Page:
Nova Scotia

Nova Scotia Power seeks $110M for repairs at Wreck Cove hydro plant

Nova Scotia Power is requesting regulatory approval for a $110-million refurbishment of the Wreck Cove hydroelectric station in Cape Breton. The utility says the plant was built more than 40 years ago and needs major work to last another 40 years.

Power company says rebuilding is cheaper than shutting down and decommissioning at nearly $500M

Nova Scotia Power says its 40-year-old hydroelectric generation plant at Wreck Cove in Cape Breton needs $110 million in repairs to make it last another 40 years. (Gary Mansfield/CBC)

Nova Scotia Power is requesting regulatory approval for a $110-million refurbishment of the Wreck Cove hydroelectric station in Cape Breton.

In documents filed last week with the Utility and Review Board (UARB), Nova Scotia Power said its largest hydroelectricity operation was built more than 40 years ago and needs major work to last another 40 years.

The company declined comment while the issue is before the UARB.

In its filing, the utility said wind power is variable and coal is being phased out because of pollution.

It said the Wreck Cove hydro plant is critical to ensuring a steady power backup and in meeting greenhouse gas emissions targets.

Generators, turbine parts need replacement

The company said the station's two generators need to be replaced and the majority of the turbine parts need to be refurbished.

That work will make up about 80 per cent of the project.

The remaining work — replacing breakers, switches and cooling gear, among other things — is expected to be done later in a second phase.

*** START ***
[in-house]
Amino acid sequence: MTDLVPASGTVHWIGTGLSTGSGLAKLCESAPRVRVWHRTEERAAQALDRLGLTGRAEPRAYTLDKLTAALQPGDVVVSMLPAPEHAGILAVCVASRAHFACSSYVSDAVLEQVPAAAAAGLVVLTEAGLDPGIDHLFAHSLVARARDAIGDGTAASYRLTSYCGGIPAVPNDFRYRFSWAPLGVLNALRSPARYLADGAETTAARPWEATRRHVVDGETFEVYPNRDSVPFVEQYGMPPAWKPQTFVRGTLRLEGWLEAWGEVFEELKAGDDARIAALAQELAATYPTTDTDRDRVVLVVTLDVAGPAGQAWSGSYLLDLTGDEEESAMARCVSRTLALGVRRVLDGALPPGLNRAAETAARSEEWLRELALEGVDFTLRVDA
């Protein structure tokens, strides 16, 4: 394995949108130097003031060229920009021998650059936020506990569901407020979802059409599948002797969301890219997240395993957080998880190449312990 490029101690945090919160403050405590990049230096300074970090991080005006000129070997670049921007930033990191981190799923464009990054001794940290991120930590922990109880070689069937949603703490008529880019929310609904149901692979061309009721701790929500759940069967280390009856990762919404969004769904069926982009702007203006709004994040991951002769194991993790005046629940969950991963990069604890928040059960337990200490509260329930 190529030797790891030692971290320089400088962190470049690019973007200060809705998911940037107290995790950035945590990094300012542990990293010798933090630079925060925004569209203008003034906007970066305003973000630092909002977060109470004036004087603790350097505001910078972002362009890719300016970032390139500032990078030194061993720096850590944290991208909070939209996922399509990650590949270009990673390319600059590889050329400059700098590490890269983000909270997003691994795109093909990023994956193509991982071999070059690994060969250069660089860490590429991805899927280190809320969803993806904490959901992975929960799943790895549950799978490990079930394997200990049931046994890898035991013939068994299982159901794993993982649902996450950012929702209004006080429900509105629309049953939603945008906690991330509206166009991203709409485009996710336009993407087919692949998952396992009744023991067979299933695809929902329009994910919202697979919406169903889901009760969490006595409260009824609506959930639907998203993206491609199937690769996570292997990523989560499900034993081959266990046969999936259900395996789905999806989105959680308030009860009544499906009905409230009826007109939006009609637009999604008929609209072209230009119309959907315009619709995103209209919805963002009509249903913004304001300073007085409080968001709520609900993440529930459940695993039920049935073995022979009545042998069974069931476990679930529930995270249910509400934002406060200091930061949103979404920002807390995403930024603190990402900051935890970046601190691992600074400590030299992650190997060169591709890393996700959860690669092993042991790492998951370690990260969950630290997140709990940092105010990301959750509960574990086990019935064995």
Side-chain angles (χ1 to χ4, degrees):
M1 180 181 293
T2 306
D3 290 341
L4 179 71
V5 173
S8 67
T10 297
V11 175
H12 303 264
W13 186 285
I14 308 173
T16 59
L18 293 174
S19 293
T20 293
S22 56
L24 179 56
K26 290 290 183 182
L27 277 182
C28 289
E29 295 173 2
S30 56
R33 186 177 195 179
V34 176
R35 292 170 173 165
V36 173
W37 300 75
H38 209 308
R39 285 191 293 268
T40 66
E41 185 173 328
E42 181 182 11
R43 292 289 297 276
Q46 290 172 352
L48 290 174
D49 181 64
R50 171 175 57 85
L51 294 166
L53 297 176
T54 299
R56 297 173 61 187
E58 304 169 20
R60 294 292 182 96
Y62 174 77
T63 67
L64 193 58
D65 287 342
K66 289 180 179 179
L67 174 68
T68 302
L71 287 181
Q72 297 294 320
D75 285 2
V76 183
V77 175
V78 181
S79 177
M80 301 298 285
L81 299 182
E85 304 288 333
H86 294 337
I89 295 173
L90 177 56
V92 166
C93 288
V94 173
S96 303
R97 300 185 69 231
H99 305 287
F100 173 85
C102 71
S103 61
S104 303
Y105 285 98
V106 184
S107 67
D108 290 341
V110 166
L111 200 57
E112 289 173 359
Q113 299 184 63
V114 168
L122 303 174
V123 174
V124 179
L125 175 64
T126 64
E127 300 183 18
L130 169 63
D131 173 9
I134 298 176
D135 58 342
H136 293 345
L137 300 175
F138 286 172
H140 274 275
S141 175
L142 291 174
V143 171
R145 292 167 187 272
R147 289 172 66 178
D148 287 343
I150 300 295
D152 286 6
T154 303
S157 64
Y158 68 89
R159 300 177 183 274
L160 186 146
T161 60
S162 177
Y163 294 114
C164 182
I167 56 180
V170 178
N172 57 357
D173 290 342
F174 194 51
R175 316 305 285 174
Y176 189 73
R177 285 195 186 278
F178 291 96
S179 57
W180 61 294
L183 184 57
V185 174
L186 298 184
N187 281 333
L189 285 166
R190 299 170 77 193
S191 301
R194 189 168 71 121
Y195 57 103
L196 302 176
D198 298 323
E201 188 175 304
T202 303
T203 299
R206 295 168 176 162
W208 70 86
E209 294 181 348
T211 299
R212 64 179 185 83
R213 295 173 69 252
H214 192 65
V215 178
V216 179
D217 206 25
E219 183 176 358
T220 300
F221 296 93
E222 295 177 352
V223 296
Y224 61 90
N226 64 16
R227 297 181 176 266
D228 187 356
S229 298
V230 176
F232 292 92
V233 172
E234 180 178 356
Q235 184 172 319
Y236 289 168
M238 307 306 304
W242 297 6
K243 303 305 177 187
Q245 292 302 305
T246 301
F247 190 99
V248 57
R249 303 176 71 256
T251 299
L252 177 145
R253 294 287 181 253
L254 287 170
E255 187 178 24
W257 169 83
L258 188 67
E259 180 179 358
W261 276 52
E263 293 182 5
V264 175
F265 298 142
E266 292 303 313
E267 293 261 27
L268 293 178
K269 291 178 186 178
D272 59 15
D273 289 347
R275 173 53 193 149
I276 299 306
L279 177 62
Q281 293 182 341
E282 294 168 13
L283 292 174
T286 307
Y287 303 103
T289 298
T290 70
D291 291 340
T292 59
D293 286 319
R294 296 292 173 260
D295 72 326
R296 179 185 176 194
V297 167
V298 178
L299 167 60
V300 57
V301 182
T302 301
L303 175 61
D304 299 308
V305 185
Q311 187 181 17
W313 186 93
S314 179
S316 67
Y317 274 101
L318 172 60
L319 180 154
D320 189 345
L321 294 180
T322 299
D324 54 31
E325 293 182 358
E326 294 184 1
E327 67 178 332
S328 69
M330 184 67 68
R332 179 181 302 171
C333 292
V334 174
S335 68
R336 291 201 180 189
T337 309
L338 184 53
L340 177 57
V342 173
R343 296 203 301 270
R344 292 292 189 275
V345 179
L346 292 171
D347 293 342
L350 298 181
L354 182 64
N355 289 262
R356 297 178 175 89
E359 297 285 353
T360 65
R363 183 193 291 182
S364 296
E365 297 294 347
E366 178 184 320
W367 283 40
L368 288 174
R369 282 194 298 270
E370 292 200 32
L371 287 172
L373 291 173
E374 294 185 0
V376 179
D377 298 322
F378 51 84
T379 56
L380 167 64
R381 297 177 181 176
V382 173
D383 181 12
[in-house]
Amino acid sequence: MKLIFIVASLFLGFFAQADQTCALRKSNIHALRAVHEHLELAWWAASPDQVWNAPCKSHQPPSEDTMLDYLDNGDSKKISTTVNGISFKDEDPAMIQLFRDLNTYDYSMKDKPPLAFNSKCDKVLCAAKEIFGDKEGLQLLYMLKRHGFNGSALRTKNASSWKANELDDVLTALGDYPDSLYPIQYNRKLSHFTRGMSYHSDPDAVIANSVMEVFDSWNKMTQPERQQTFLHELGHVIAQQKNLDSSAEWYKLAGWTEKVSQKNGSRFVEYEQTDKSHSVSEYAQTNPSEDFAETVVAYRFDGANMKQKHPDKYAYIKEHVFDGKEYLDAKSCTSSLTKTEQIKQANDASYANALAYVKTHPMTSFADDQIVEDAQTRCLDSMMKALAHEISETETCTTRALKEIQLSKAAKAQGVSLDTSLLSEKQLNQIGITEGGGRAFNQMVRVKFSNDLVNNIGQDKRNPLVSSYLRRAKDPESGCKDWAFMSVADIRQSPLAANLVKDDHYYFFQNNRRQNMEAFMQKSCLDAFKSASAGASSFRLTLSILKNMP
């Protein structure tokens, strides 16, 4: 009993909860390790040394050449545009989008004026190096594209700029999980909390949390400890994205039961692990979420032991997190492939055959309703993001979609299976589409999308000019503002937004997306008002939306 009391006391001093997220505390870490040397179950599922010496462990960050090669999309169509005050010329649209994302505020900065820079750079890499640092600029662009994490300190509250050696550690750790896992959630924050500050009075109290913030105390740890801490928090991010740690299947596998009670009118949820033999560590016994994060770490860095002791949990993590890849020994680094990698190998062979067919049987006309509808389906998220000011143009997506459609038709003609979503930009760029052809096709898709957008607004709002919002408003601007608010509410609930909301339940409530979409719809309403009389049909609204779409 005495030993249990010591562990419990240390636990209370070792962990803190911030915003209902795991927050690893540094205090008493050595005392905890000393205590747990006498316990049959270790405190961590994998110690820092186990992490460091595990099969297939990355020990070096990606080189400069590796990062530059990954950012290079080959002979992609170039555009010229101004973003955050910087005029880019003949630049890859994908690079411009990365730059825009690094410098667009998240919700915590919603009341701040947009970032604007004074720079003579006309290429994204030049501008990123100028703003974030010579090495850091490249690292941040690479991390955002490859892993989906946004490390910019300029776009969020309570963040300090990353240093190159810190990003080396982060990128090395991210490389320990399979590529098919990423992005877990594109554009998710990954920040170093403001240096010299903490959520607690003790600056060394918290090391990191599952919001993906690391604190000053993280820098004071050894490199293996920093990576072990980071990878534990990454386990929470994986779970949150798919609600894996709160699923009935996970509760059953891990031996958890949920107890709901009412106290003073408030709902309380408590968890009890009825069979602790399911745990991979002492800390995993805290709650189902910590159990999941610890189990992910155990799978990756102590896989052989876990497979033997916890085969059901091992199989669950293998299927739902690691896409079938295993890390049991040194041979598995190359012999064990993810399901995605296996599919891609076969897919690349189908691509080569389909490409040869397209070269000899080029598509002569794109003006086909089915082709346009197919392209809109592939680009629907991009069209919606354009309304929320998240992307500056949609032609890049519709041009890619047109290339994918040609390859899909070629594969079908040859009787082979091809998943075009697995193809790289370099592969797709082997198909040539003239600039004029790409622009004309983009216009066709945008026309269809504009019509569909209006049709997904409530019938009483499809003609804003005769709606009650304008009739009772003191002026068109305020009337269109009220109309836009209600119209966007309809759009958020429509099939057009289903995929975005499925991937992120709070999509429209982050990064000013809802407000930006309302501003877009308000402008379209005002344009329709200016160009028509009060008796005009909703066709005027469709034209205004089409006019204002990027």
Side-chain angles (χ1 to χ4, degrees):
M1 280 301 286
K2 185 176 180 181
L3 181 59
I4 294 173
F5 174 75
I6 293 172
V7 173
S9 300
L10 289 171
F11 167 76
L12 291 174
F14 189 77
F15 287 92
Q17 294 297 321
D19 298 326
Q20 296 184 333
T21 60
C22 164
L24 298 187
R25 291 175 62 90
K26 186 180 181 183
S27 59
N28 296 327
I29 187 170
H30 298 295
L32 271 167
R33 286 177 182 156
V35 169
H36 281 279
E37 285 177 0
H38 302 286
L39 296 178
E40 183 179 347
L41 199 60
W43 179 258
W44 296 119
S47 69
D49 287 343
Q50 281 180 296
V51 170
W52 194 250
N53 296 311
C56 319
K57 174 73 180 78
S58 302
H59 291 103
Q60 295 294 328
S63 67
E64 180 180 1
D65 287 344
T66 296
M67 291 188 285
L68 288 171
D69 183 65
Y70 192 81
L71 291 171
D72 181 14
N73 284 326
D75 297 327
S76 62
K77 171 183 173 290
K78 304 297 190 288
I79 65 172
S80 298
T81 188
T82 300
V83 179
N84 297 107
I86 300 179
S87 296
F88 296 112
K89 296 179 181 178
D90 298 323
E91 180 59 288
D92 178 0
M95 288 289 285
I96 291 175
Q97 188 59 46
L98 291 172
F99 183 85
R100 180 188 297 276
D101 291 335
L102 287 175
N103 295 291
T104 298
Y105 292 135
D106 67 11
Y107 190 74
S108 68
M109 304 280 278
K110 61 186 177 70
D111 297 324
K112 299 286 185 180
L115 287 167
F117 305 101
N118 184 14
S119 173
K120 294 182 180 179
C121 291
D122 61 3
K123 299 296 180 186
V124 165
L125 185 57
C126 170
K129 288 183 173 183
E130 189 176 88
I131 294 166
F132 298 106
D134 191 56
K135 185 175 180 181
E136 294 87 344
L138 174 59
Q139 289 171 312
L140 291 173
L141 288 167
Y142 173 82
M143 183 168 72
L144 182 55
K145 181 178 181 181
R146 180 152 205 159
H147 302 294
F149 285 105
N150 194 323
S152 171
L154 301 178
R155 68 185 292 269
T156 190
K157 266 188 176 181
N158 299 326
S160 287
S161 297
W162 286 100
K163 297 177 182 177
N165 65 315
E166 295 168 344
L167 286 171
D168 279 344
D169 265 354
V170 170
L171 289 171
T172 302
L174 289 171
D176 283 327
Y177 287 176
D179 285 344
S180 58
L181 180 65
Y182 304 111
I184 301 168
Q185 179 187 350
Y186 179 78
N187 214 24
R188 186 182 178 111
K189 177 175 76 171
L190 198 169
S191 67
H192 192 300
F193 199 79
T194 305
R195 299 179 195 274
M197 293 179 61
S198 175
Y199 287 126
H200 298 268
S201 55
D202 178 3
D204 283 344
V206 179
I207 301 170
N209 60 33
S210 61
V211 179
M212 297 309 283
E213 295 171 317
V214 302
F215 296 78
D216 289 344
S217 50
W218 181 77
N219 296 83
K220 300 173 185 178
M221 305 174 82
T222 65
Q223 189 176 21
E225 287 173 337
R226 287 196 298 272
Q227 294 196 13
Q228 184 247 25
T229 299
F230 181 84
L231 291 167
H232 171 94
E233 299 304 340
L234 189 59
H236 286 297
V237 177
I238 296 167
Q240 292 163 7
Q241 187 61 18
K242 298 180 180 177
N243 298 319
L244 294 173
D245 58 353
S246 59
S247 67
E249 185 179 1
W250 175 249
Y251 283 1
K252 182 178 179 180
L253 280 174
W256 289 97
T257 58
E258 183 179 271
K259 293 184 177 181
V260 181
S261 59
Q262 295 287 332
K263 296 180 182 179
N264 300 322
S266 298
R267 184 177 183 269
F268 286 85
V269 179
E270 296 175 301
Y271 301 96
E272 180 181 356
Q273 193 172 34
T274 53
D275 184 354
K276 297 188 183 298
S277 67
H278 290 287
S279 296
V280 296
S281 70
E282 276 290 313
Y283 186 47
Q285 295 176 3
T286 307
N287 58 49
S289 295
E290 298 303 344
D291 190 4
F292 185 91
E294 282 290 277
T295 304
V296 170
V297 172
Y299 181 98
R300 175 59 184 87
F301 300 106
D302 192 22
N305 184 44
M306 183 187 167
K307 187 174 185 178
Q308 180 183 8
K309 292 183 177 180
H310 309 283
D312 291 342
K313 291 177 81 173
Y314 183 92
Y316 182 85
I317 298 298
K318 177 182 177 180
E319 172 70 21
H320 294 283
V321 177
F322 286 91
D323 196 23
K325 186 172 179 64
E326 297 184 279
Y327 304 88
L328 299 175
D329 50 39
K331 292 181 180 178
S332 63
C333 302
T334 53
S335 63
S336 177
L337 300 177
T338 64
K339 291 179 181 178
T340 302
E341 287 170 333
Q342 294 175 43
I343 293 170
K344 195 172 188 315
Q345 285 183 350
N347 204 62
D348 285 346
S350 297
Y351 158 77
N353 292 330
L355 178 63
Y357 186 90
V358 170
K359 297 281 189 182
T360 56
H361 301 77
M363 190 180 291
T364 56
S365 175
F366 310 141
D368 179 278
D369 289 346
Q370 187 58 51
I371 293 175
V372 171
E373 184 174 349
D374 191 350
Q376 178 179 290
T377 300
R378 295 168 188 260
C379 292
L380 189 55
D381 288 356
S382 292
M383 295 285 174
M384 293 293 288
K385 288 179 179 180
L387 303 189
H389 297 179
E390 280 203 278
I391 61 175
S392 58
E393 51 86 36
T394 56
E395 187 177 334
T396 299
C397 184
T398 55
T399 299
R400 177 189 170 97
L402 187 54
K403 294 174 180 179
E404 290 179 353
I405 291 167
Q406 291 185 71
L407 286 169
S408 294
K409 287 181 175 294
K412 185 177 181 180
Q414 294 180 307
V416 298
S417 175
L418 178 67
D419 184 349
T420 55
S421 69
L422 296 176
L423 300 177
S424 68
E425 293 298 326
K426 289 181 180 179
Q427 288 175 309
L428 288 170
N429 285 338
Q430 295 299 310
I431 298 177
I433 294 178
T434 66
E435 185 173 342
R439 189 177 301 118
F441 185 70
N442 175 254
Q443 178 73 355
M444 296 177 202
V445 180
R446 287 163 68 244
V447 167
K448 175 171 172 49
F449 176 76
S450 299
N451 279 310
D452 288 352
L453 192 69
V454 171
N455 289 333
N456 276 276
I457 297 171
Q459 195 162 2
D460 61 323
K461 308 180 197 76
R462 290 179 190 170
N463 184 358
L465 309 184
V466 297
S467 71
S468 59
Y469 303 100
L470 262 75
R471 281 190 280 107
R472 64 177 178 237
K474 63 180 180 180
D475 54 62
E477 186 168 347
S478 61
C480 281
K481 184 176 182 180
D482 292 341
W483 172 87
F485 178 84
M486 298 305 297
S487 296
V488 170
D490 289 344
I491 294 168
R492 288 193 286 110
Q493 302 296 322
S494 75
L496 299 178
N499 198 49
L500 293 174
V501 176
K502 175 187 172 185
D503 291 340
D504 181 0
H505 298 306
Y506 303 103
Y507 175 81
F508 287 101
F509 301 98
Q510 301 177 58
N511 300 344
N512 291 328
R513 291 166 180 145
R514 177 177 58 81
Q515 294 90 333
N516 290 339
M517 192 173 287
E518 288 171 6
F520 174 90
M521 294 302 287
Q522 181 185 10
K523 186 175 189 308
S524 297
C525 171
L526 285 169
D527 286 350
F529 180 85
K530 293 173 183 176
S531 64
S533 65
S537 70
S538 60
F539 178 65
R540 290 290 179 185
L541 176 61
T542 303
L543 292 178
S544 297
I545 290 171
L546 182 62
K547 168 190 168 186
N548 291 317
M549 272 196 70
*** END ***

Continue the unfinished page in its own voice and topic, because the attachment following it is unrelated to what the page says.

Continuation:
The power company said shutting the plant down and decommissioning it would amount to almost $500 million, making its $110-million repair plan the least costly option for consumers.

There is no indication yet how the project will affect power rates and no date has been set for a hearing.

Nova Scotia Power says shutting the plant down and decommissioning it would amount to almost $500 million, making its repair plan the least costly option for consumers. (Gary Mansfield/CBC)

Some of the details are redacted or have been submitted and held in confidence by the UARB.

Nova Scotia Power said in its application that was necessary to protect suppliers and to ensure competition when it comes time to hire contractors to do the work.

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About the Author

Tom Ayers

Reporter/Editor

Tom Ayers has been a reporter and editor for more than 30 years. He has spent the last 16 years covering Cape Breton and Nova Scotia stories. You can reach him at tom.ayers@cbc.ca.

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